There’s a new face at Everett Community College, ready to greet students starting fall quarter classes Monday. An updated Trojan design — an emblem of determination, inclusion and pride — includes an image signifying rebirth, born of a sad chapter in campus history.
First, about that Trojan. The mascot was chosen in 1942 by a vote of Everett Junior College students. The losing choices, according to a Feb. 13, 1942, article in the college’s Clipper newspaper, were “E.J. Seahawks, Loggers, Grizzlies, Pilots, Aces and Cascadians.”
Created by Jeremy Slagle of Ohio-based Slagle Design, the new Trojan is EvCCs latest version of ancient figures in plumed helmets. The mascot has been shown through the years in exacting and abstract ways, with and without a sword.
Students will see the new symbol, with EVERETT TROJANS in beveled letters, on gray banners in campus parking lots and outside Shuksan Hall. Soon, they’ll go up on Broadway in north Everett.
“We had a lot of students who felt they wanted a logo a little more representative of them. It was time to do a little refresh,” said Jennifer Rhodes, EvCC’s associate dean of Student LIFE. A committee that included athletes and other students weighed in, and there was an online survey.
The new Trojan isn’t clearly of either gender. Its skin tone is pale gray. “We didn’t want to represent ethnicity or race,” Rhodes said. “Anybody can be a Trojan.’
With or without a makeover, the Trojan is not the college’s official logo. That is the Feather Star — three spires that appear in red or white on signs throughout campus. The logo, used for college business, is on a big sign southbound drivers see while passing EvCC on Broadway. It’s also part of the new Trojan — the cape.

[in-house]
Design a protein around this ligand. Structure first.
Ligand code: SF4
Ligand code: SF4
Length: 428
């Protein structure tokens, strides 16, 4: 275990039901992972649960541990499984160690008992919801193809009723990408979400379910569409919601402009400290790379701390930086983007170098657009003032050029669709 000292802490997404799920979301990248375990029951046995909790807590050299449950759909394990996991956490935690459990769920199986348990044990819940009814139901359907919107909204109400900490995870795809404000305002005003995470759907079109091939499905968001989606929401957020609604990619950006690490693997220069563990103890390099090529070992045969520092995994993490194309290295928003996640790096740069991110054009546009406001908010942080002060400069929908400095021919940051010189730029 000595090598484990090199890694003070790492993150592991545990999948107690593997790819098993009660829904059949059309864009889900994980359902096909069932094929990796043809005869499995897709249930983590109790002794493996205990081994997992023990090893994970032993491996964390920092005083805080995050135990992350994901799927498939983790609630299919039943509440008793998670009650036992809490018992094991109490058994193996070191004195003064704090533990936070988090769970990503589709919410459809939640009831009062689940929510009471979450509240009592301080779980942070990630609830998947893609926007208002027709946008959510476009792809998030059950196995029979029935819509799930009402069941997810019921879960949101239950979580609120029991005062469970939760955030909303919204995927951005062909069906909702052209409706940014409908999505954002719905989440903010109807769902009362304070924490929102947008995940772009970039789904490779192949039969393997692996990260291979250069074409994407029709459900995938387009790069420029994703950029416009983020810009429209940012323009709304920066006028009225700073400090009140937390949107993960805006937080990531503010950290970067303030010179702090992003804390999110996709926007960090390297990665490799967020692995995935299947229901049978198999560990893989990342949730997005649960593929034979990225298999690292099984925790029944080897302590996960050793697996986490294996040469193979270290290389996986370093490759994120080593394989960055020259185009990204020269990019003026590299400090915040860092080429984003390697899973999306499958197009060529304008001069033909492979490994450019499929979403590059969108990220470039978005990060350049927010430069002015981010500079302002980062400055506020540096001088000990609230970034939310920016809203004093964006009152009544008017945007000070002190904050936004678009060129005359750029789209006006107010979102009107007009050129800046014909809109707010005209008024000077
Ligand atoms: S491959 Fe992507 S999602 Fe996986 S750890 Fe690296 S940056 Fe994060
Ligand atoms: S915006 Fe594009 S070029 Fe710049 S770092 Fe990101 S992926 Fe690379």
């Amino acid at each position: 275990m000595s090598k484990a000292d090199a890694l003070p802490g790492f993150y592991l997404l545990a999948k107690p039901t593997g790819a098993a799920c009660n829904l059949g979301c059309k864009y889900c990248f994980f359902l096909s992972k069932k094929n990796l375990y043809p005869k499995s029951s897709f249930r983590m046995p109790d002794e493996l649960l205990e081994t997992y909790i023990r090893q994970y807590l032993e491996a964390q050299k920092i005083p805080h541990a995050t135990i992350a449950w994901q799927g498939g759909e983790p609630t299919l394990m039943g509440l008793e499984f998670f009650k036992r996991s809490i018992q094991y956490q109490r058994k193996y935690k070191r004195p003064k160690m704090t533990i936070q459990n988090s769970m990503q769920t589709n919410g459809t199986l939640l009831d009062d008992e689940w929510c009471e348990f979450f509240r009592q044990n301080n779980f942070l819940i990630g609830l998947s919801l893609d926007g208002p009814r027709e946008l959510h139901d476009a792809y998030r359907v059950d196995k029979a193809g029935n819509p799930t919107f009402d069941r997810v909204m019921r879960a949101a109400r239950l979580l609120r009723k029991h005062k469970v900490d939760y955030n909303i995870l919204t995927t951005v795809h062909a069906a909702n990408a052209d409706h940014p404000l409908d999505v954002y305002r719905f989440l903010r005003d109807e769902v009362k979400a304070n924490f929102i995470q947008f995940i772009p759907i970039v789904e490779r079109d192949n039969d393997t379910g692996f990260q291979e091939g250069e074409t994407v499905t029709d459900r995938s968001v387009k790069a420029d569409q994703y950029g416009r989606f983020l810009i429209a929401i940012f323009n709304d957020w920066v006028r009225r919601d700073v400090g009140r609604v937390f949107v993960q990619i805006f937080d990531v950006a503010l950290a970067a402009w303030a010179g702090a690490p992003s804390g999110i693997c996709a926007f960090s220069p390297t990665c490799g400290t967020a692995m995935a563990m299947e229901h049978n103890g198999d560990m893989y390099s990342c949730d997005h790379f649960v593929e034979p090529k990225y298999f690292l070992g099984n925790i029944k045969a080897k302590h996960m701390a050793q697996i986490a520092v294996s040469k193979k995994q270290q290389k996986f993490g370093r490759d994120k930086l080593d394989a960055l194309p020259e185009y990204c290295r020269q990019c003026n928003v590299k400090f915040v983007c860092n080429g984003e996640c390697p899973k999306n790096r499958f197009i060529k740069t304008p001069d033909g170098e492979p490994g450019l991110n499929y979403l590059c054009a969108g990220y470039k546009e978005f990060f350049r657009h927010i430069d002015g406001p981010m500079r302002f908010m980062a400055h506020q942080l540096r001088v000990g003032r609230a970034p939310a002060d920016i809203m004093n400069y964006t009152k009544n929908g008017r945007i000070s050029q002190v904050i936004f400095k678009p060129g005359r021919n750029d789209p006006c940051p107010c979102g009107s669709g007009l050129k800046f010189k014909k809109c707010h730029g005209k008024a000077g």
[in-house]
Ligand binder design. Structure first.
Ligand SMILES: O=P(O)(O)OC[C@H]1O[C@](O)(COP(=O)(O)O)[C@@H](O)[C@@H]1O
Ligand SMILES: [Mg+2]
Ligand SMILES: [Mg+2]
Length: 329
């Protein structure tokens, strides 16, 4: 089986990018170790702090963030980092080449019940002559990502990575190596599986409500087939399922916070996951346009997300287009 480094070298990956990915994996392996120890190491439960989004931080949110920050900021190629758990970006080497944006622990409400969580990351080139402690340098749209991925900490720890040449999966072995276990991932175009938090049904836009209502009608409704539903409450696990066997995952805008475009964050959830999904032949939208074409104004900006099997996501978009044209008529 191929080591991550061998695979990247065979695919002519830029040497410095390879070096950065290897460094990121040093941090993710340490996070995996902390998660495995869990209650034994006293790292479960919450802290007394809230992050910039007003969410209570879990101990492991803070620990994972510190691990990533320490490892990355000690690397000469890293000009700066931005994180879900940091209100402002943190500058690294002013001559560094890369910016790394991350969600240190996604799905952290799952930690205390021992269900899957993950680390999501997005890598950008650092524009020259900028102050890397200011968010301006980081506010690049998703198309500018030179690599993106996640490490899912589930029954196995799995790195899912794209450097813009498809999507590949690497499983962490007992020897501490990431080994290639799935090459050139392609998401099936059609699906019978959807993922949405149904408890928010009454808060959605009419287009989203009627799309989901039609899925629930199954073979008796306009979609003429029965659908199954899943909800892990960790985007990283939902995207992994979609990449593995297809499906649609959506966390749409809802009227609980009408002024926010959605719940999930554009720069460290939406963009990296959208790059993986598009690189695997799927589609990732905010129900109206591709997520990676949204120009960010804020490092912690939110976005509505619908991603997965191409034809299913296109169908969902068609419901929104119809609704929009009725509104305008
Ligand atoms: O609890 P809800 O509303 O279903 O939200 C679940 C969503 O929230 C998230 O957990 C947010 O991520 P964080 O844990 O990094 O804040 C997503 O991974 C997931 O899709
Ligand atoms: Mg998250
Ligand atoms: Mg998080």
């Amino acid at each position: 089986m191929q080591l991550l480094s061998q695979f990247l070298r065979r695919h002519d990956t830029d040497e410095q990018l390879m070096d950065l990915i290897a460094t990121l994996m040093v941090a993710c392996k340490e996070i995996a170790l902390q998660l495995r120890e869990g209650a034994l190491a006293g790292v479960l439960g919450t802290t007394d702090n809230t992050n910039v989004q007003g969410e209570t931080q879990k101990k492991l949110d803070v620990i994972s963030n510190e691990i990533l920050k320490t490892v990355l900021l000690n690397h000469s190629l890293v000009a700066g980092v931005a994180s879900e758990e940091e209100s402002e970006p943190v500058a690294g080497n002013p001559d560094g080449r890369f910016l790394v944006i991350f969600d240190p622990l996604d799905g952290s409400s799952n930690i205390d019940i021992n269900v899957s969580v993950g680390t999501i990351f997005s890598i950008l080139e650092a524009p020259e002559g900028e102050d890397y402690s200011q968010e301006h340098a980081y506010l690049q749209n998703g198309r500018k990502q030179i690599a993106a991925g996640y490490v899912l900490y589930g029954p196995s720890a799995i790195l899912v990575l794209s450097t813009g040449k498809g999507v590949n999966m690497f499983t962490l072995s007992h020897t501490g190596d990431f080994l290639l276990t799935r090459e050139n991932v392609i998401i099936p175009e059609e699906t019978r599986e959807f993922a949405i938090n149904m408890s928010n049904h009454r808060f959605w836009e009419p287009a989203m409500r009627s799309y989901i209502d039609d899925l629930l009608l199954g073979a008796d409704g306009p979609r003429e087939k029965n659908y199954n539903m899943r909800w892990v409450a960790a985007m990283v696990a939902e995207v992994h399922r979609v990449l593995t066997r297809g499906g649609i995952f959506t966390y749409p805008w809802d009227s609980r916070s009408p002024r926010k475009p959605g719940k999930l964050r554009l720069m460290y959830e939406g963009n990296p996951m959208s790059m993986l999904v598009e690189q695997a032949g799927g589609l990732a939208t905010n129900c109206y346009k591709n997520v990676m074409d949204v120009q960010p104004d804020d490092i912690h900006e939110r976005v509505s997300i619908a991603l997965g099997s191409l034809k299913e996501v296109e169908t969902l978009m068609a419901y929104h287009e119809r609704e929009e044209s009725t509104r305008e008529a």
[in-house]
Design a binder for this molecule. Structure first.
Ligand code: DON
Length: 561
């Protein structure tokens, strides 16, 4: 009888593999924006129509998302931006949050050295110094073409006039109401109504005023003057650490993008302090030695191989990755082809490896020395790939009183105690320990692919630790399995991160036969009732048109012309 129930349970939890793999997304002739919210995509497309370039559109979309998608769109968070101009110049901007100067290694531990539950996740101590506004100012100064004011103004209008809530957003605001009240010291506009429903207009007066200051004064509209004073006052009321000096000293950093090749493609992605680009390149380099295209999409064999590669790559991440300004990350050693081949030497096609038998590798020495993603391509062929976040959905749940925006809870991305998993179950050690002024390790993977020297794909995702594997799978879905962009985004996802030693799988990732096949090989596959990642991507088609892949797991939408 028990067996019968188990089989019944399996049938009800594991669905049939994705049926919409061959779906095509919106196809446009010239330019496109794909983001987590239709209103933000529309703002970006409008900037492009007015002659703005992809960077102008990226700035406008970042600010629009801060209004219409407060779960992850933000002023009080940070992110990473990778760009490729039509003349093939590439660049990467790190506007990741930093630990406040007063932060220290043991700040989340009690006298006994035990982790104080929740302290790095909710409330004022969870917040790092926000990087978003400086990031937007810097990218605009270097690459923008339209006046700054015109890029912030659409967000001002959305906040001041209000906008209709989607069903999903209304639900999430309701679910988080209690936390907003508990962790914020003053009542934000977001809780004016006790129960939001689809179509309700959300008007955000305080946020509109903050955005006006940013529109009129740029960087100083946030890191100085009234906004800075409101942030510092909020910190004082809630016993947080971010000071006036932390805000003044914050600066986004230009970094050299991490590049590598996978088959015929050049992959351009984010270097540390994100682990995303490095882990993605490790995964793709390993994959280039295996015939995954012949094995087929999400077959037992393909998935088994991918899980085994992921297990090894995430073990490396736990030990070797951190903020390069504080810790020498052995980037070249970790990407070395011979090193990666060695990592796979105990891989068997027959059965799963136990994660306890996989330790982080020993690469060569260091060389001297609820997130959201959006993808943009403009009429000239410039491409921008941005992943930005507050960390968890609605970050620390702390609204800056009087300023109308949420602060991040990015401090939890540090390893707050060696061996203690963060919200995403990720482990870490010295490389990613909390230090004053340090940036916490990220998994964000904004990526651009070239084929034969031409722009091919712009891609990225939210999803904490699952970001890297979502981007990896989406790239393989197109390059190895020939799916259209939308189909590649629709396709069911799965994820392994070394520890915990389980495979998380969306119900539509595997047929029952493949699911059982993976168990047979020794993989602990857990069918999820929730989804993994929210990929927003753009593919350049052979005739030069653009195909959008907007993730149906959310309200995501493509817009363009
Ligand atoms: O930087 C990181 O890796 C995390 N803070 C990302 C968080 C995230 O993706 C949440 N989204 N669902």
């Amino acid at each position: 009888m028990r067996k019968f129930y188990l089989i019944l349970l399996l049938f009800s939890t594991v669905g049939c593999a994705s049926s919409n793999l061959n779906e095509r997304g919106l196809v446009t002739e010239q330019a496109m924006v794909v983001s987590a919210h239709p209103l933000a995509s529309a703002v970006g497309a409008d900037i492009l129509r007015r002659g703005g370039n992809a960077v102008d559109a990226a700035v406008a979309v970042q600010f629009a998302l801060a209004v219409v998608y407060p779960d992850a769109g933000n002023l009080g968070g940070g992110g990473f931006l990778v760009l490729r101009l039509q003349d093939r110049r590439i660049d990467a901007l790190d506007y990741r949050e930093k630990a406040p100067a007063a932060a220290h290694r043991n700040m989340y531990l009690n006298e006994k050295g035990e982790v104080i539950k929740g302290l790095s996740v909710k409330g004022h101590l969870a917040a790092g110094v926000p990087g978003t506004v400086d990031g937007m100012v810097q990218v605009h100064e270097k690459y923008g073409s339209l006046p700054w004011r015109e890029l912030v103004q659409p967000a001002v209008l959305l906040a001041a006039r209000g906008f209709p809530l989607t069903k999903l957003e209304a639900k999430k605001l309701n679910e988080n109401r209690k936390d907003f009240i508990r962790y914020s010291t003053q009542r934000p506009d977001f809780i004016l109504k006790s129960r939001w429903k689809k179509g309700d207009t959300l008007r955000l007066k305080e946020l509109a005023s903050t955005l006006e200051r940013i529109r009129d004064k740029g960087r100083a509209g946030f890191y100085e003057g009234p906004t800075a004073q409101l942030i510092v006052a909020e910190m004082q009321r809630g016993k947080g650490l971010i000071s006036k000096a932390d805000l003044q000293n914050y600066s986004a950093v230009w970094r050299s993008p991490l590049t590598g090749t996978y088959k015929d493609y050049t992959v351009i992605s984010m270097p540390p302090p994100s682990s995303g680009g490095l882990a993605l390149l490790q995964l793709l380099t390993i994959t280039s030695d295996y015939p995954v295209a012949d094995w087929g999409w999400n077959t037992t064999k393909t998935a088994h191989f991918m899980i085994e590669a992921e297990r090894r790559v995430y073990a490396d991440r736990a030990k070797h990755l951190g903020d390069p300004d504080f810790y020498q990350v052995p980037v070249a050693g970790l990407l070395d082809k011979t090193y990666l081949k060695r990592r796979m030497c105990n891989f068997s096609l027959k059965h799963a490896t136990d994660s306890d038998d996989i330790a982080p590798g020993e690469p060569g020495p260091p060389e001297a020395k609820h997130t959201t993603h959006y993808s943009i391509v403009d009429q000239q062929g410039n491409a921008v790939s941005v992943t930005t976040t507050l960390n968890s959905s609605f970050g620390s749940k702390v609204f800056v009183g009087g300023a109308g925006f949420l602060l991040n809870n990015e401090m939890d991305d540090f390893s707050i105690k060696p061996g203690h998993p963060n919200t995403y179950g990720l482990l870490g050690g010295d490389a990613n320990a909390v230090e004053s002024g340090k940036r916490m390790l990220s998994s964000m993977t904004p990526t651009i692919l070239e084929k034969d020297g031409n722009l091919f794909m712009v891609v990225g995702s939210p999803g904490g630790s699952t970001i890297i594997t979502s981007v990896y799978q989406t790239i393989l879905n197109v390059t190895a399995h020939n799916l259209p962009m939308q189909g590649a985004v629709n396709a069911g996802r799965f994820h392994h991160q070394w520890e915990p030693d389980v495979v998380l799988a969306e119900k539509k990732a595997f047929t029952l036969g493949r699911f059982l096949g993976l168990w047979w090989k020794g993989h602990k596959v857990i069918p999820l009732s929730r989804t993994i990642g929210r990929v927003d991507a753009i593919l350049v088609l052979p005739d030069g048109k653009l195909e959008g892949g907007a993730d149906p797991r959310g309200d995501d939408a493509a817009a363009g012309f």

Those spires are often mistaken for mountains or sails, said Katherine Schiffner, EvCC spokeswoman. They actually point to a tragic episode in Everett’s past.
On the night of Feb. 16, 1987, an arsonist’s fire destroyed the old Trojan Union Building, which housed the library. “Feather Star” is artist Ali Baudoin’s sculpture — three slightly curved stainless steel spires — that in the 1970s was installed in an atrium of EvCC’s library.
The blaze took the life of Gary Parks, an 18-year veteran of the Everett Fire Department. The firefighter was memorialized through the naming of the Parks Student Union building, and with a bronze sculpture and plaque on campus. The arson is an unsolved case.
A 1987 Herald photo shows “Feather Star” surrounded by rubble, a survivor amid the ashes. The sculpture inspired by a crinoid sea creature (look it up) is now outside the Parks Student Union. A slight bend at the top of one spire was caused by the fire.
“It’s a highlight of any campus tour,” said Schiffner. More than 8,700 students are registered for fall quarter, she said.
Calling the sculpture “a symbol of rebirth and renewal,” Schiffner added, “when we get knocked down, we get back up and try again.” The three-spire image is “a great element of that Trojan — it’s not the USC logo, it’s ours.”
The $9,500 Trojan redesign cost was split between the EvCC Foundation and Student LIFE, she said.
Garet Studer, EvCC’s director of athletics, said the new Trojan will be incorporated into all uniforms, but that will take about three years. The symbol will be broken down, with just a beveled “word mark” that says “Everett” or “Trojans” on some uniforms. “All of our teams will have a consistent look,” he said.
Already, the spirit mark is on shirts in the college bookstore, said Rhodes, who also saw it on a bumper sticker.
Slagle, the designer, spent a couple days on campus, meeting with representatives from EvCC’s Diversity and Equity Center and others. Rhodes said the college has “amazing graphic designers,” but it was important to find one with a sports marketing background.
Rhodes hopes everyone on campus feels part of Trojan Nation, the school’s spirit program.
“We want people to feel very proud of being a Trojan — whether they’re in athletics or one of our 45 clubs,” she said. “They may never set foot in the gym for an athletic game, but man, they still have that spirit.”
Julie Muhlstein: 425-339-3460; email@example.com.